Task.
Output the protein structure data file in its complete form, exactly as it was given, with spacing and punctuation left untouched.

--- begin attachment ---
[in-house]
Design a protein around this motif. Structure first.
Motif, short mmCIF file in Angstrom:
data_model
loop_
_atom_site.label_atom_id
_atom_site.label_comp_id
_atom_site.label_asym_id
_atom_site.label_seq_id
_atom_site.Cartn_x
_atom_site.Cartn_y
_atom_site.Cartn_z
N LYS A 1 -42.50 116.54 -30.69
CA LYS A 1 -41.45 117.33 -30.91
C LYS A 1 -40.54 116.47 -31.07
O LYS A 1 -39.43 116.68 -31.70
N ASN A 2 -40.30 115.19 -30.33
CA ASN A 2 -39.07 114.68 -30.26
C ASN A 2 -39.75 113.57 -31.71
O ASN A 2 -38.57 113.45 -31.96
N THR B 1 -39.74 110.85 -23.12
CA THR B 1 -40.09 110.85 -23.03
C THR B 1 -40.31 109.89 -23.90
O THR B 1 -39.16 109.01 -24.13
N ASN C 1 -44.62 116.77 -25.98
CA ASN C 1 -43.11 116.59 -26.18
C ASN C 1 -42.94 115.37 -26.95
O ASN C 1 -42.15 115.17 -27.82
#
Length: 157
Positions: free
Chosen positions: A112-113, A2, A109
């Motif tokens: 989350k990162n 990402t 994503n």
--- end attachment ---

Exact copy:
[in-house]
Design a protein around this motif. Structure first.
Motif, short mmCIF file in Angstrom:
data_model
loop_
_atom_site.label_atom_id
_atom_site.label_comp_id
_atom_site.label_asym_id
_atom_site.label_seq_id
_atom_site.Cartn_x
_atom_site.Cartn_y
_atom_site.Cartn_z
N LYS A 1 -42.50 116.54 -30.69
CA LYS A 1 -41.45 117.33 -30.91
C LYS A 1 -40.54 116.47 -31.07
O LYS A 1 -39.43 116.68 -31.70
N ASN A 2 -40.30 115.19 -30.33
CA ASN A 2 -39.07 114.68 -30.26
C ASN A 2 -39.75 113.57 -31.71
O ASN A 2 -38.57 113.45 -31.96
N THR B 1 -39.74 110.85 -23.12
CA THR B 1 -40.09 110.85 -23.03
C THR B 1 -40.31 109.89 -23.90
O THR B 1 -39.16 109.01 -24.13
N ASN C 1 -44.62 116.77 -25.98
CA ASN C 1 -43.11 116.59 -26.18
C ASN C 1 -42.94 115.37 -26.95
O ASN C 1 -42.15 115.17 -27.82
#
Length: 157
Positions: free
Chosen positions: A112-113, A2, A109
């Motif tokens: 989350k990162n 990402t 994503n």